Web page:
In principle, I do not object to the notion of selling the naming rights to public infrastructure in New Brunswick.
But Tory Opposition Leader Bruce Fitch makes a fair point when he says the scheme, proposed by the Gallant government to raise badly needed cash, risks ignoring citizens who simply don’t possess the wherewithal to ensure that their names live on in splendid glory, affixed to the side of a bridge in the middle of Hicksville, Nowhere County.
“There’s a lot of people that have contributed significantly to the province of New Brunswick,” he told the Telegraph-Journal last week, “yet they maybe aren’t of great means or haven’t been able to donate hundreds-of-thousands of dollars to a capital campaign.”
Why, I, myself, have spent an inordinate amount of time pitching and boosting a mixed-used, multi-purpose downtown events center for Moncton. Let’s call that my contribution to the moral and spiritual health of the locality and dub the facility appropriately: “The Brucesplex”.
Of course, there’s also the contiguous system of pot-hole-riddled roads that my wife and I have travelled faithfully from Moncton to the Confederation Bridge, across the Abegweit Passage of the Northumberland Strait, and into Charlottetown, to visit our grand-kids and their parents. Henceforth, let us know these byways and highways collectively as “The Bruceway”.
Still, paupers like myself (even, unlike myself, genuinely influential ones) do nothing for the provincial budget by having their names gratuitously slapped on the odd park bench. As Victor Boudreau, the provincial minister responsible for the government’s strategic program review, told reporters last week, “If we can generate a million or two that doesn’t have to come out of the pockets of New Brunswickers to help us address the fiscal challenge we’re facing in the province, then maybe it’s a option worth considering.”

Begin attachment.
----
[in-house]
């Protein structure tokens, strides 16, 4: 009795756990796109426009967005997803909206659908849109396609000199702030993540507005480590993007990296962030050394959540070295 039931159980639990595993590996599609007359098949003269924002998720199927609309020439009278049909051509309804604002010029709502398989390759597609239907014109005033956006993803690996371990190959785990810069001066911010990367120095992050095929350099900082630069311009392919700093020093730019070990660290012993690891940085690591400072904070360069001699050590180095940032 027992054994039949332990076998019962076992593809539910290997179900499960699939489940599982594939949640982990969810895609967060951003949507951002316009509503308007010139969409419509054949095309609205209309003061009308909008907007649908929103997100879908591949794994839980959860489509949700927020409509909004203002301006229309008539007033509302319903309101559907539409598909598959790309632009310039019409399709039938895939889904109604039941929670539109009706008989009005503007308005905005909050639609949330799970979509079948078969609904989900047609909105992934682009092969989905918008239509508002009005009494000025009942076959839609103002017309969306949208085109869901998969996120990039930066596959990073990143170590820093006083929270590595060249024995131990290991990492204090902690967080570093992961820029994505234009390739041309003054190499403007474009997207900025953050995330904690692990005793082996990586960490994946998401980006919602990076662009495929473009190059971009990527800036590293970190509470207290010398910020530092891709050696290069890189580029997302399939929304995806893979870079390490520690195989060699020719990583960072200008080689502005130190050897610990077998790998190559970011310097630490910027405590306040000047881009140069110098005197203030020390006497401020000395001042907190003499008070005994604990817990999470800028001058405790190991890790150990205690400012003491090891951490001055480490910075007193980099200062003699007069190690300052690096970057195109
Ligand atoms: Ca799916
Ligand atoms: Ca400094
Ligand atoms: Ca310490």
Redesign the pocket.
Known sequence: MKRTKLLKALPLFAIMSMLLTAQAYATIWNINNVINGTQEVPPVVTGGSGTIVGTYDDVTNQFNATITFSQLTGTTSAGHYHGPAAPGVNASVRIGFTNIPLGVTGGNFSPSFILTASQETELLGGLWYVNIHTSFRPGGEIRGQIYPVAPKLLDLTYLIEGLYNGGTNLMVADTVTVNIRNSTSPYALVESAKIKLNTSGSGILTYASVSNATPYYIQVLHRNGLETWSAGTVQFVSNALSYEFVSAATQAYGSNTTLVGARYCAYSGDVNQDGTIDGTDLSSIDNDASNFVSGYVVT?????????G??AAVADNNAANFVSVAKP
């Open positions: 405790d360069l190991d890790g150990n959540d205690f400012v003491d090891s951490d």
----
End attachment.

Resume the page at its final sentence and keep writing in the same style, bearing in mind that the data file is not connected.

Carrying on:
Clearly, then, this particular name game is reserved for the playgrounds of the rich and influential, where participants don’t mind forking over sizeable sums in return for designated immortality etched into the edifices of the province’s public works. This, naturally, raises other concerns among the hoi polloi; chief among them is the danger of branding New Brunswick according to the increasingly narrow constraints of those in possession of real money.
Last month, Barrie Examiner ran a piece touching on a similar issue in its neck of the woods. “Councillors heard the pitch about a plan to sell naming rights of city facilities and sponsorship of programs, events and other community initiatives,” reporter Bob Bruton wrote. “It could generate a net income of almost $850,000 during its first five years, after staff, marketing and servicing costs are paid. ‘Barrie is like a lot of municipalities. They are looking for new and innovative ways to find revenue,’ said Bernie Colterman, Centre of Excellence for Public Sector Marketing, who’s been in the business for 20 years. ‘The timing is right for sponsorship. You have to look at this as a positive thing.’”
On the other hand, Councillor Bonnie Ainsworth worried that the community’s Eastview Arena, for example, might suffer from an inappropriate proximity to filthy lucre. “We don’t want someone to look up and have it named Jimmy’s Tow Truck Arena,” she said.
All of this, however, could be moot. As Marvin Ryder, a marketing professor at McMaster University in Hamilton, recently told The National Post, the name game may not be as remunerative as government officials hope.
“The only place where this has worked well is in sports facilities,” he said.
Indeed, in New Brunswick, a highway or a bridge by any other name would still be as harrowing.